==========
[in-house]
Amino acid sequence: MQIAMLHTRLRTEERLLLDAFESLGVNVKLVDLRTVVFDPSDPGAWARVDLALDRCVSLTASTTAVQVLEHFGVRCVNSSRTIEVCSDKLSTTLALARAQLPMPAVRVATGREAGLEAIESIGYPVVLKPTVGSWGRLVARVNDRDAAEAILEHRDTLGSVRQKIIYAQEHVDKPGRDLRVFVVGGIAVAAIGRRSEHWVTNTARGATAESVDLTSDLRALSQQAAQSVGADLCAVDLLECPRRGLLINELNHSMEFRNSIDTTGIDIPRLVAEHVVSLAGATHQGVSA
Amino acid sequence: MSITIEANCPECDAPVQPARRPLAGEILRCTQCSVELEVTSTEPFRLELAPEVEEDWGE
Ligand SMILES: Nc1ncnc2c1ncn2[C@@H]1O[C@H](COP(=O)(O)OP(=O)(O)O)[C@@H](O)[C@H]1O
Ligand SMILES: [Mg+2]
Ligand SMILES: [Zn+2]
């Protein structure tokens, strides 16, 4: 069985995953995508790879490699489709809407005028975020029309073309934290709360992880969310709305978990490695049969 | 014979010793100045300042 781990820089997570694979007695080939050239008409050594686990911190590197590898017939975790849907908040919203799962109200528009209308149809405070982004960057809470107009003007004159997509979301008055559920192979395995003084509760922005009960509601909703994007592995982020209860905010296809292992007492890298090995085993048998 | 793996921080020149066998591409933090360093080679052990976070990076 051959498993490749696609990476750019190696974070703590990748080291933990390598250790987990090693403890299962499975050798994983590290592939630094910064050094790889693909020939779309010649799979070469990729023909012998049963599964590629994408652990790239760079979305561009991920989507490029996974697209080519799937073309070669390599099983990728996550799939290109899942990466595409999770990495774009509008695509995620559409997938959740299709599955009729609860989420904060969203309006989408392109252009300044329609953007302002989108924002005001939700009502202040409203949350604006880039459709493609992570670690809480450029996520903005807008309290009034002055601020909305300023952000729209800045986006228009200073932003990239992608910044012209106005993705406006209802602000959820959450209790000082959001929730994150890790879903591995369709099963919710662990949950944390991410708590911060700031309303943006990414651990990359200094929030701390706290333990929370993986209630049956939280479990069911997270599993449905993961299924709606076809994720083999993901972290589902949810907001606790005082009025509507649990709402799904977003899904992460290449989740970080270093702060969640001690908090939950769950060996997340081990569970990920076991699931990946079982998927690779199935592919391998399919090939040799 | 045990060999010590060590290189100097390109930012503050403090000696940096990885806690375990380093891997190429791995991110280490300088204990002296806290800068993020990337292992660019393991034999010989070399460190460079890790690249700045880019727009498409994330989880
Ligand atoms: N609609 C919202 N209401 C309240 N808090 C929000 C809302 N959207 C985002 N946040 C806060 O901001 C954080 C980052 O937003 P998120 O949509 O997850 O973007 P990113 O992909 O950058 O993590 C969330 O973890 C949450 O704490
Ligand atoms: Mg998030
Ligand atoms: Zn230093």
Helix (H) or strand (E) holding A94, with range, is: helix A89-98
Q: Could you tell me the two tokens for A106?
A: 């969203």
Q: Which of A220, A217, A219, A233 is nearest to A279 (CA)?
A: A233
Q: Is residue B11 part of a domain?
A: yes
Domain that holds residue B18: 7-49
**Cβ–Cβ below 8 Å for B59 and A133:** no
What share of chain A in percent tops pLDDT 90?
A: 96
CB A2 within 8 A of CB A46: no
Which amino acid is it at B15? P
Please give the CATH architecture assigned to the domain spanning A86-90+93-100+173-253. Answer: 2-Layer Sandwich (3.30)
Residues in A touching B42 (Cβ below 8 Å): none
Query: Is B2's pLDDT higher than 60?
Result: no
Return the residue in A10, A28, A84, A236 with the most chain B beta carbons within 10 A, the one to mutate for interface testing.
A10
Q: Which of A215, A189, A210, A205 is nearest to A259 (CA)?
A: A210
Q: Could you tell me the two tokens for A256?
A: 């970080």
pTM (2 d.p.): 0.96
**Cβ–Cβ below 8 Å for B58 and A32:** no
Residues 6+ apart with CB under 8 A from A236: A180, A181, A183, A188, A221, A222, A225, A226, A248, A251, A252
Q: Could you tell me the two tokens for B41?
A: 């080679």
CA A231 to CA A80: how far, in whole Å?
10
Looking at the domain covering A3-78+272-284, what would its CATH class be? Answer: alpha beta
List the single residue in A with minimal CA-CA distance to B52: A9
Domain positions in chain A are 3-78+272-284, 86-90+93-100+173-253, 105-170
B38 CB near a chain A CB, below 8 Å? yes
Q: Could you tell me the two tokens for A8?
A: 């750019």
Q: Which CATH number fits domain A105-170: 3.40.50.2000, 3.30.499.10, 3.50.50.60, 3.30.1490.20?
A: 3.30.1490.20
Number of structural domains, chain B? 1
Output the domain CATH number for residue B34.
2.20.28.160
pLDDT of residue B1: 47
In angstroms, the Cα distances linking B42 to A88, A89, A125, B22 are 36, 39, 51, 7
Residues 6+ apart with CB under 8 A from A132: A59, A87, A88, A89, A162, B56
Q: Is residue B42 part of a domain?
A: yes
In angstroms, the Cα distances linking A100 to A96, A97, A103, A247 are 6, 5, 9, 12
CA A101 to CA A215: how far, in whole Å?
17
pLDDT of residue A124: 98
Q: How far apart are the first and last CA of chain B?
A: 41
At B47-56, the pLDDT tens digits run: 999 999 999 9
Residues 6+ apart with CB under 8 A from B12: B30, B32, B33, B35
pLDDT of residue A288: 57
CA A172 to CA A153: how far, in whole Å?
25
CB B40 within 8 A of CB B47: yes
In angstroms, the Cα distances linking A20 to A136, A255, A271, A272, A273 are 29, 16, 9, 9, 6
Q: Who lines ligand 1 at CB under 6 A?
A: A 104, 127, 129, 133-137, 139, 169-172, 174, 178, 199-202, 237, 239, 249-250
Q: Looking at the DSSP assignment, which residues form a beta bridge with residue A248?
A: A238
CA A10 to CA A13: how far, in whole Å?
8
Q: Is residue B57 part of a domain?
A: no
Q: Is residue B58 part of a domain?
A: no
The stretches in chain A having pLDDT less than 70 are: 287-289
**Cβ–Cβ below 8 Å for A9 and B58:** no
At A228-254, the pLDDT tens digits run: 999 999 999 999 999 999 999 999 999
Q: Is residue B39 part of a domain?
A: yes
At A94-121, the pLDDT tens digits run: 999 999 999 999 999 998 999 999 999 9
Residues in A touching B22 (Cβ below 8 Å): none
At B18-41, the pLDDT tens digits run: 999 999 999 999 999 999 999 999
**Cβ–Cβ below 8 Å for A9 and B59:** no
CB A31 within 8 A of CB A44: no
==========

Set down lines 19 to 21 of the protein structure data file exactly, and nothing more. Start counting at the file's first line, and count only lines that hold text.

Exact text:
**Cβ–Cβ below 8 Å for B59 and A133:** no
What share of chain A in percent tops pLDDT 90?
A: 96